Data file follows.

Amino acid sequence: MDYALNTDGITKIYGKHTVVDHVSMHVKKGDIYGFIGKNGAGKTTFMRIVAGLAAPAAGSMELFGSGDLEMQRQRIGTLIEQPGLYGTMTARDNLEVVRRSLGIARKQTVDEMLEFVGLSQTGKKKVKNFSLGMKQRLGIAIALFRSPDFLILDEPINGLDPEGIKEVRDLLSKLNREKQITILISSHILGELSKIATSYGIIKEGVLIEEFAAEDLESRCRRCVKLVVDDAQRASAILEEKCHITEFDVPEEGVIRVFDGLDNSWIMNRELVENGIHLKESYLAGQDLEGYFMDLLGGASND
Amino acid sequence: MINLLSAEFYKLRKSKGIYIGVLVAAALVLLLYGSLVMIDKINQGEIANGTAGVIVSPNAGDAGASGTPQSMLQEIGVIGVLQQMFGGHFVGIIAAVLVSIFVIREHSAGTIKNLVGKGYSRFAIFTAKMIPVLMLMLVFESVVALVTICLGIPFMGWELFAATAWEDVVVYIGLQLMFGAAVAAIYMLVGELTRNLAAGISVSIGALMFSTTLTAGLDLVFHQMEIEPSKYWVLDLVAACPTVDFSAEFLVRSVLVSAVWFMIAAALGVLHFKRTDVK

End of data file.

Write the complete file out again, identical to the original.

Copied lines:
Amino acid sequence: MDYALNTDGITKIYGKHTVVDHVSMHVKKGDIYGFIGKNGAGKTTFMRIVAGLAAPAAGSMELFGSGDLEMQRQRIGTLIEQPGLYGTMTARDNLEVVRRSLGIARKQTVDEMLEFVGLSQTGKKKVKNFSLGMKQRLGIAIALFRSPDFLILDEPINGLDPEGIKEVRDLLSKLNREKQITILISSHILGELSKIATSYGIIKEGVLIEEFAAEDLESRCRRCVKLVVDDAQRASAILEEKCHITEFDVPEEGVIRVFDGLDNSWIMNRELVENGIHLKESYLAGQDLEGYFMDLLGGASND
Amino acid sequence: MINLLSAEFYKLRKSKGIYIGVLVAAALVLLLYGSLVMIDKINQGEIANGTAGVIVSPNAGDAGASGTPQSMLQEIGVIGVLQQMFGGHFVGIIAAVLVSIFVIREHSAGTIKNLVGKGYSRFAIFTAKMIPVLMLMLVFESVVALVTICLGIPFMGWELFAATAWEDVVVYIGLQLMFGAAVAAIYMLVGELTRNLAAGISVSIGALMFSTTLTAGLDLVFHQMEIEPSKYWVLDLVAACPTVDFSAEFLVRSVLVSAVWFMIAAALGVLHFKRTDVK